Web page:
Joel Lane's terrain is grim urban, almost unrelievedly so. It's the place that always gets it when things go wrong, even though people try to help. This can involve distributing anti-racist material where racists come armed with paving slabs. Most of us would be put off; and even the activists become ex-rebels at a reunion, looking back at some battle against corporate mendacity. 'Myth' in Lane's sense means a misrepresentation of the truth, a lie, only nominally predicated, rather than a story that embodies and helps to explain (in this case) social degradation. There are plenty of untruths, triumphant and ongoing, for these nostalgic activists to dine out on.
One looks in such a survey for relief, transcendence or self-referring metaphor. There is some, but overall it's a realist's report from the front and therefore a mite relentless, the language sometimes less memorable than the sympathy and concern. This is Lee Bank, best said than visited, though people live there, to be represented by the Red bastards who keep an eye out elsewhere for flying concrete slabs:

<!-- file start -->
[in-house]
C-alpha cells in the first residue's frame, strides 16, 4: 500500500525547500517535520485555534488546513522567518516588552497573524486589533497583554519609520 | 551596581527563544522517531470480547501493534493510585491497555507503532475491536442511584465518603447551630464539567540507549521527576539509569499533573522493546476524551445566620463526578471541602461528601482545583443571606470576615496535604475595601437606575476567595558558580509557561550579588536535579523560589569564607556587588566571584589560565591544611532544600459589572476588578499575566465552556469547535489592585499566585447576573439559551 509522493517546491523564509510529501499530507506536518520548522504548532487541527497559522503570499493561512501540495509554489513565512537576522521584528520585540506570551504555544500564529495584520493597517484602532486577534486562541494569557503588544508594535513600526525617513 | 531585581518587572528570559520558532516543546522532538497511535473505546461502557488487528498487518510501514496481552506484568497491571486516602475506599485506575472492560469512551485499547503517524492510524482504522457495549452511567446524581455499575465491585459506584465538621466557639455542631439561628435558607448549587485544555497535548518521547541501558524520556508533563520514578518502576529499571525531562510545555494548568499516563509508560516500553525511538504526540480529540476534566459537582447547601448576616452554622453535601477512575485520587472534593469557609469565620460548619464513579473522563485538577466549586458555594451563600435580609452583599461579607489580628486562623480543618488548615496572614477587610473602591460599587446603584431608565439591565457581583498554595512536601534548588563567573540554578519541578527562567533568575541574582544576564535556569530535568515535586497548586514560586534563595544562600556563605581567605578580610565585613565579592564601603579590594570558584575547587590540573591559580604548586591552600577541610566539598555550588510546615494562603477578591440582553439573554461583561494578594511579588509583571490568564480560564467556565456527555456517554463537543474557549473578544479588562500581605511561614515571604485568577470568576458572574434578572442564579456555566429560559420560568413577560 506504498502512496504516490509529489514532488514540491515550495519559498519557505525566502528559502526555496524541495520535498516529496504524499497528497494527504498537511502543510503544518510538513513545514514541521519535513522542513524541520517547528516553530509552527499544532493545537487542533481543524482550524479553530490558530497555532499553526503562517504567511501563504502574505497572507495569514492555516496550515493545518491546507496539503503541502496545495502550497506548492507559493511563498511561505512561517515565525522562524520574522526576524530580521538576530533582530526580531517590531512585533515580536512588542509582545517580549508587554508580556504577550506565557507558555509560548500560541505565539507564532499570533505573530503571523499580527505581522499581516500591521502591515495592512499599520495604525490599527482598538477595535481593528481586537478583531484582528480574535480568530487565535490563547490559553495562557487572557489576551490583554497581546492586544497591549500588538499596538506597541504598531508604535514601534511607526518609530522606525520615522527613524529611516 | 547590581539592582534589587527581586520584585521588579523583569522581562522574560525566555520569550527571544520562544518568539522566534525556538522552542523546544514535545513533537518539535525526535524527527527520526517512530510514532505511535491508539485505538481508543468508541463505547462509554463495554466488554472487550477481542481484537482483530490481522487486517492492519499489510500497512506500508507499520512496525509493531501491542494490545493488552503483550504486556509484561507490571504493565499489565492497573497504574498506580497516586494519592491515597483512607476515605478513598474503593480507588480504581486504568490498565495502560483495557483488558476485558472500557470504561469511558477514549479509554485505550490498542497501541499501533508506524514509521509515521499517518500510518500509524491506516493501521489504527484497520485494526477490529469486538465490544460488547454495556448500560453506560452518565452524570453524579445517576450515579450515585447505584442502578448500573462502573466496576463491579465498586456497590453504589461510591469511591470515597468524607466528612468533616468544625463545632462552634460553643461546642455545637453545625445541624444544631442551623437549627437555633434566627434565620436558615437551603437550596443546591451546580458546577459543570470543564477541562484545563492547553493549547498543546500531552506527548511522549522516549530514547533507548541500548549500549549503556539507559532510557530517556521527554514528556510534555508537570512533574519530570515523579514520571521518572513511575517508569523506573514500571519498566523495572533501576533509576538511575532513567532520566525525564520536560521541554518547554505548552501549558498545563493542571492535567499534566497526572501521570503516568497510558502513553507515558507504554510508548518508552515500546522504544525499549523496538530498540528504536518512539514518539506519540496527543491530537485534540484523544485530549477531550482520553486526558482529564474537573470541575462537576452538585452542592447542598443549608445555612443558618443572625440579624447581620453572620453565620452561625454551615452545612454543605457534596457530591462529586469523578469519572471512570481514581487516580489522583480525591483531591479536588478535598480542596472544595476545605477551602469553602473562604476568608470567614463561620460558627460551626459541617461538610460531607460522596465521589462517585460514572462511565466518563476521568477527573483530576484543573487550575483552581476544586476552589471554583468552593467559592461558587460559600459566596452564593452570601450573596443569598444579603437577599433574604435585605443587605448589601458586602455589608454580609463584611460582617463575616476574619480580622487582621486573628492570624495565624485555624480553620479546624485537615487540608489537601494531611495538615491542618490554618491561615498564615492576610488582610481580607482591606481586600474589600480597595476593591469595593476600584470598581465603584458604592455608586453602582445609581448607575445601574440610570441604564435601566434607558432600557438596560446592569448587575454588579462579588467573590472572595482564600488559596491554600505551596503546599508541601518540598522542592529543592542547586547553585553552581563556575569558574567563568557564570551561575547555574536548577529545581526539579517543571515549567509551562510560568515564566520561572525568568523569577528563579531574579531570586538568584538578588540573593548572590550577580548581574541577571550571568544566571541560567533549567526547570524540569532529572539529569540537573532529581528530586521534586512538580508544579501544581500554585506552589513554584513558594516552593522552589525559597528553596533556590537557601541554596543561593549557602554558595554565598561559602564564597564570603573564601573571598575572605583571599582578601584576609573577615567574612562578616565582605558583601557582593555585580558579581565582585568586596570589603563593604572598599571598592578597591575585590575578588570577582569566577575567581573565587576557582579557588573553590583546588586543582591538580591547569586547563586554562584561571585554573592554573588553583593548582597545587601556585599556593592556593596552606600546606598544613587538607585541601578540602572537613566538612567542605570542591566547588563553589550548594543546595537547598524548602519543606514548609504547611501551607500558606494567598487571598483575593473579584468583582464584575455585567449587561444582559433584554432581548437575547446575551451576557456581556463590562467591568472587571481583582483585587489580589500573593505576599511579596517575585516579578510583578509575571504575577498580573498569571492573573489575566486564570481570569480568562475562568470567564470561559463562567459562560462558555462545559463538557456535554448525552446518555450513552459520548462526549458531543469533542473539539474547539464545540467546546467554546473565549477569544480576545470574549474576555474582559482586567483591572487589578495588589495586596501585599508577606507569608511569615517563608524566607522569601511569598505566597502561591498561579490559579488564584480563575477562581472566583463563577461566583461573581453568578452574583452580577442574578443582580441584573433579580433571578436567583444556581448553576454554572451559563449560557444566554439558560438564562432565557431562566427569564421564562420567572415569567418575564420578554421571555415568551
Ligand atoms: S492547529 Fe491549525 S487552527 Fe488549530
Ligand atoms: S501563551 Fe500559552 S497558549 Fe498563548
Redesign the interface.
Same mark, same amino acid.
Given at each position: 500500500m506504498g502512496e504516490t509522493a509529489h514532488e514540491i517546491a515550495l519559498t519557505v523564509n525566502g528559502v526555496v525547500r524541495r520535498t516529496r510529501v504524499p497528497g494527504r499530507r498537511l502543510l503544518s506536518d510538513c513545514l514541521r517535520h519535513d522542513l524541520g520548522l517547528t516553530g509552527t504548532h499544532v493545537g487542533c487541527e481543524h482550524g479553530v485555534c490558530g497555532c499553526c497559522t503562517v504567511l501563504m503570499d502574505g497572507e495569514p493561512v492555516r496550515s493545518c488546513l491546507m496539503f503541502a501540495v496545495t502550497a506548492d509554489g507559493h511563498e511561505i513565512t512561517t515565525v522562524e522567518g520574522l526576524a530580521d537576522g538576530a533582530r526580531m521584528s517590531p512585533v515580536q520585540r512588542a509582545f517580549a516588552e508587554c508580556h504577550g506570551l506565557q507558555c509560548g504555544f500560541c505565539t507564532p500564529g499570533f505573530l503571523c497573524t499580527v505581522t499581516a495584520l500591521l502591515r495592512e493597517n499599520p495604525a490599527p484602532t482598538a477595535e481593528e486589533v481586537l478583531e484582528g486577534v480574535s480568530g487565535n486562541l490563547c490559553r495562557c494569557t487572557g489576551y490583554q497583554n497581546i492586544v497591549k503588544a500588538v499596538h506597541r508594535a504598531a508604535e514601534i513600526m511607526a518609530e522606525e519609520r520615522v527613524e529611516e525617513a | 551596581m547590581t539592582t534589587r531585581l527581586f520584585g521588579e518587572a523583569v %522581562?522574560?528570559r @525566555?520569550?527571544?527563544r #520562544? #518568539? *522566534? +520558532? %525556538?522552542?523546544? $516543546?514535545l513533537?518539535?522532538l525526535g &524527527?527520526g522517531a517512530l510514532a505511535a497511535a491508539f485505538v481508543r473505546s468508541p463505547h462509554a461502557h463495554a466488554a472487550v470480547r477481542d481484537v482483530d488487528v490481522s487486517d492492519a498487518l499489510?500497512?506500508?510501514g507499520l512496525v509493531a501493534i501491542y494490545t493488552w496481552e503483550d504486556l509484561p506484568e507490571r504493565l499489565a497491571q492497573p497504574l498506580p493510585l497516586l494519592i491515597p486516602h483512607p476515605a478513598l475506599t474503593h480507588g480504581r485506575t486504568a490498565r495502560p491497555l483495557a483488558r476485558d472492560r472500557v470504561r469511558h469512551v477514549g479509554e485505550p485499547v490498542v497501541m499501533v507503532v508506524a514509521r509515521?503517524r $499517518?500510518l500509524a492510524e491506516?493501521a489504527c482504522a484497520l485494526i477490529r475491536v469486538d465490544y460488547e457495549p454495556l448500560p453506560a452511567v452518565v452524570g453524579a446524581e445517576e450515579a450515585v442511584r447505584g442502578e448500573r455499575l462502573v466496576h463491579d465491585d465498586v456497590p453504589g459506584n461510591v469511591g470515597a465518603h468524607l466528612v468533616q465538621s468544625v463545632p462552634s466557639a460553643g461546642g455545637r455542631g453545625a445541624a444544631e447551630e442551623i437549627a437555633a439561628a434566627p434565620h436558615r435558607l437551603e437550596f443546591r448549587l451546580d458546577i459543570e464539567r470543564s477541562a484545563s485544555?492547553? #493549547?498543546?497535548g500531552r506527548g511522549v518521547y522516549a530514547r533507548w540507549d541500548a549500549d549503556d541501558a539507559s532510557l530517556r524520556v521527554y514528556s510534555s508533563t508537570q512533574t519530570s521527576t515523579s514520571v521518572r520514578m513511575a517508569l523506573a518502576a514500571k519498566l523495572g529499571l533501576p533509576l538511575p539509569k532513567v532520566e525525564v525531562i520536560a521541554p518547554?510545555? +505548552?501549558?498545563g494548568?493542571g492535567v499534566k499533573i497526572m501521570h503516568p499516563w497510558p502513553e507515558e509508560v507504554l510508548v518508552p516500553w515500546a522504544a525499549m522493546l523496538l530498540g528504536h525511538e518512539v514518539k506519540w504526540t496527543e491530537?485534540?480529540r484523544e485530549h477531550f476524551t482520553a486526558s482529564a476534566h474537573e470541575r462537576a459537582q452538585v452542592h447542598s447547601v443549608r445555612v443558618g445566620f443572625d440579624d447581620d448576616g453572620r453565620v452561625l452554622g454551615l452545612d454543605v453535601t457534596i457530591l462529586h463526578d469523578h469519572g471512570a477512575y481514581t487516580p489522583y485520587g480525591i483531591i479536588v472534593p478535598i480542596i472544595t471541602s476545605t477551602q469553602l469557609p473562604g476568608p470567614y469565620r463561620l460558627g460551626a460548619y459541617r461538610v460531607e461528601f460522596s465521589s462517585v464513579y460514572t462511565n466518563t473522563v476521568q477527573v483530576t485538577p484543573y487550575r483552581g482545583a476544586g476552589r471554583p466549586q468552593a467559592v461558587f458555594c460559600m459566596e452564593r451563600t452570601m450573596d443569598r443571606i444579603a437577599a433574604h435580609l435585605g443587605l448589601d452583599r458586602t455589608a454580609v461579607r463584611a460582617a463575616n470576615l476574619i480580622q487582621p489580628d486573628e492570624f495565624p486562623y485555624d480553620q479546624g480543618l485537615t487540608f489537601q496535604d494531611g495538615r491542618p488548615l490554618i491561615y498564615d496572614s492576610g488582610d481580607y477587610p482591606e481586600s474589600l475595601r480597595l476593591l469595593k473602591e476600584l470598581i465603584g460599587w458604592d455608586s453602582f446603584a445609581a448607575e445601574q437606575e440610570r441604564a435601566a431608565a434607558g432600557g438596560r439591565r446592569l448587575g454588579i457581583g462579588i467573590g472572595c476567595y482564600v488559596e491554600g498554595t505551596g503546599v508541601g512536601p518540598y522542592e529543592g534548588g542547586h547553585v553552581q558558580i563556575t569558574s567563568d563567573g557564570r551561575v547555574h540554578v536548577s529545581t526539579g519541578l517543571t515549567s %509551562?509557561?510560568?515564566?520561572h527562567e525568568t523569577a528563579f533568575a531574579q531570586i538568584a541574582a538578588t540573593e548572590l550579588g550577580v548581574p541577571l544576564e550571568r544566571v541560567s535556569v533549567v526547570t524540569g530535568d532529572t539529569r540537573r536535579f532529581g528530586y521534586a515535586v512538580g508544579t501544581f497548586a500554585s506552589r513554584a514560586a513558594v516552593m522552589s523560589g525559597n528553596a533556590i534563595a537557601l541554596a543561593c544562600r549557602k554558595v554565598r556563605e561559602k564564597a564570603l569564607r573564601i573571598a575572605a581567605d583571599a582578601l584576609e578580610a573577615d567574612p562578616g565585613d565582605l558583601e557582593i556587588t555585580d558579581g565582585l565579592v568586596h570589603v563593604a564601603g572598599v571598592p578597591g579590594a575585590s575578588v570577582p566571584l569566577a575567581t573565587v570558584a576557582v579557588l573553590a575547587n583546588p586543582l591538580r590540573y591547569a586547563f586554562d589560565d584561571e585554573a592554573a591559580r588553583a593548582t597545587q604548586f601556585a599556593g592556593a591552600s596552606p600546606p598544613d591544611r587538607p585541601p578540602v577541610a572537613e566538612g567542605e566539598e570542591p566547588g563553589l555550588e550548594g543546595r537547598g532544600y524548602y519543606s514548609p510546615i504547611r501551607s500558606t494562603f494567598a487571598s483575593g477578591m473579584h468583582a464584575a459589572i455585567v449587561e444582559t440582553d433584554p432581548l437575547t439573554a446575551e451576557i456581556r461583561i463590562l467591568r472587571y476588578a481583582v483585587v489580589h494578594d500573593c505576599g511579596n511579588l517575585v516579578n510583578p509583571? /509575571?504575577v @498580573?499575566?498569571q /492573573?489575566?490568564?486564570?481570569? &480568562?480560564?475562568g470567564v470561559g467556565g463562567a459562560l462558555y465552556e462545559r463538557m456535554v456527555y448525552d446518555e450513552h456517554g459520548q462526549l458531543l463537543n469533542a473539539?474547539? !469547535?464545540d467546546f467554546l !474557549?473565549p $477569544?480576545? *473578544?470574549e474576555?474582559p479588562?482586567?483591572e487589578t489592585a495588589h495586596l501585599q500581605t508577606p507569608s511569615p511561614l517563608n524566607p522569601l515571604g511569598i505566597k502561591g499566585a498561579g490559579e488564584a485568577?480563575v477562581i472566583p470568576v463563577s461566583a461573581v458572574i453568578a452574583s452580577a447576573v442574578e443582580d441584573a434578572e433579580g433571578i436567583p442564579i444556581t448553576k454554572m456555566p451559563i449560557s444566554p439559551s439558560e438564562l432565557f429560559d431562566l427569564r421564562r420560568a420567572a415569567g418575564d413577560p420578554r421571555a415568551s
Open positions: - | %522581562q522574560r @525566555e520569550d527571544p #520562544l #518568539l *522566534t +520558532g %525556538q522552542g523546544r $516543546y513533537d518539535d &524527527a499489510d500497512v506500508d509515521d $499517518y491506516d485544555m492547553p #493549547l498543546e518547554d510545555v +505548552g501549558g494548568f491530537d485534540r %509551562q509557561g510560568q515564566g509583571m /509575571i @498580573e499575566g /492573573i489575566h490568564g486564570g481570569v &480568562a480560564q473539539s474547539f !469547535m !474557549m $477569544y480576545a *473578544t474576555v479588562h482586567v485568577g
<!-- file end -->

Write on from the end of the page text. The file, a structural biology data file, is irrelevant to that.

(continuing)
This estate is a place to hide
drugs, hide stolen goods, or just hide.
Tarpaulins are hoods for shattered
windows, screams no-one can hear.
Well, Lane is listening, s he does to the drowned voices of the Welsh villages inundated to provide water for Birmingham, the city whose darker flip-side he chronicles without pathos and most of us pretend doesn't exist.